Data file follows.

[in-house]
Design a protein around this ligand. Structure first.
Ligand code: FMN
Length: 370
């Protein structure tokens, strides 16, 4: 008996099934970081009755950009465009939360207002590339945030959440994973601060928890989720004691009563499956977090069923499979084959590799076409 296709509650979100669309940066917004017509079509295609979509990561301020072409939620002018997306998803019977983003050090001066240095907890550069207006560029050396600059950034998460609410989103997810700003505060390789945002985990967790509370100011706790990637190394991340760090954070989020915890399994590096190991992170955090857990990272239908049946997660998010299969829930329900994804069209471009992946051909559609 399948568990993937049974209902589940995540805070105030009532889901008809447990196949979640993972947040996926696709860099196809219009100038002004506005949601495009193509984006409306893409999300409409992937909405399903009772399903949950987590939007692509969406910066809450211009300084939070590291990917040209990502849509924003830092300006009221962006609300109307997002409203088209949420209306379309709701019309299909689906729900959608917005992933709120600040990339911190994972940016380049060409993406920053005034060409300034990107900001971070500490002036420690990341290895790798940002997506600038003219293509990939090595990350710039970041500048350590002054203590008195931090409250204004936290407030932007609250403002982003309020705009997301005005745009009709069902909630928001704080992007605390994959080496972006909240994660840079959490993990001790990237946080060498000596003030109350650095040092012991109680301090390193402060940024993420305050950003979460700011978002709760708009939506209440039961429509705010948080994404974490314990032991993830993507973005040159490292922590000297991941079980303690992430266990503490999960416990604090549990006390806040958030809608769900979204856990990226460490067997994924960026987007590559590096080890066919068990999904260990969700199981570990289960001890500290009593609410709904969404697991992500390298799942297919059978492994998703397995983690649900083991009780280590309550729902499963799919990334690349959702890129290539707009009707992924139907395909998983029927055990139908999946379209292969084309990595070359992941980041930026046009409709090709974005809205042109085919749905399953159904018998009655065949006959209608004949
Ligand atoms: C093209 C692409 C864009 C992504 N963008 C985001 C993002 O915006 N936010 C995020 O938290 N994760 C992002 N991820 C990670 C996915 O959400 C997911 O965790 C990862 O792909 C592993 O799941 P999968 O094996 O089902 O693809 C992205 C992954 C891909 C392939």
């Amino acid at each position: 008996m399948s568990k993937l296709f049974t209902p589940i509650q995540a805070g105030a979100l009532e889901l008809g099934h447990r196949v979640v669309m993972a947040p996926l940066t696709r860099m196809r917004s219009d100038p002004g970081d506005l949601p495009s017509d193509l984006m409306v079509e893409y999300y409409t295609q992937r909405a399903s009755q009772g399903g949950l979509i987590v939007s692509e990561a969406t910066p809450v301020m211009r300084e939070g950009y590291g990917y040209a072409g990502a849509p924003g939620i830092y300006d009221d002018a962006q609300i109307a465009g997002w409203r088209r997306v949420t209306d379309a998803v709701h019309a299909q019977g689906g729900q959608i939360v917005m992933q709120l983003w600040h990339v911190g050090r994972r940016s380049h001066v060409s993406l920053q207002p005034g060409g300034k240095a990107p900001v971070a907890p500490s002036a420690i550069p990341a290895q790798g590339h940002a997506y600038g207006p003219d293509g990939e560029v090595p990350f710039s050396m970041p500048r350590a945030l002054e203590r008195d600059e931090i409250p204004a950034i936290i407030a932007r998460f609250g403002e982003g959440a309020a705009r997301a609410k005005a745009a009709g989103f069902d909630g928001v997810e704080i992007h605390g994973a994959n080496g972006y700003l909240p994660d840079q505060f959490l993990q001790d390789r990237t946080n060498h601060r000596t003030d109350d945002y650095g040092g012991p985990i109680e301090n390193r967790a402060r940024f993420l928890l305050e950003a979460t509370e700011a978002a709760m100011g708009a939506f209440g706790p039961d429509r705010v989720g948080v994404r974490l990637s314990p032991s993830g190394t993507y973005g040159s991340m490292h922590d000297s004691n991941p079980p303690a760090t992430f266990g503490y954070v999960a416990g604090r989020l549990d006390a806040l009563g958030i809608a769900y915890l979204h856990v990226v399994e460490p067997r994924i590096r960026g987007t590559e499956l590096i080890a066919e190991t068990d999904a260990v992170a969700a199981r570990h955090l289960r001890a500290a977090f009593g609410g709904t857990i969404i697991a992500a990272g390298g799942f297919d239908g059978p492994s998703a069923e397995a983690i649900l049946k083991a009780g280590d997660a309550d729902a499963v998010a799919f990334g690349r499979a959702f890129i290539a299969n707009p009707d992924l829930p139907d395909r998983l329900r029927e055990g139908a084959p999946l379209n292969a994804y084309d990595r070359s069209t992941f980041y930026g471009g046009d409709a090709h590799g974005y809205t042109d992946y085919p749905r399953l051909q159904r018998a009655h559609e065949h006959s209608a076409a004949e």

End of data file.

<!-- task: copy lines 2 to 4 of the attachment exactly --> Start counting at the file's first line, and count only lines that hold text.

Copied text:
Design a protein around this ligand. Structure first.
Ligand code: FMN
Length: 370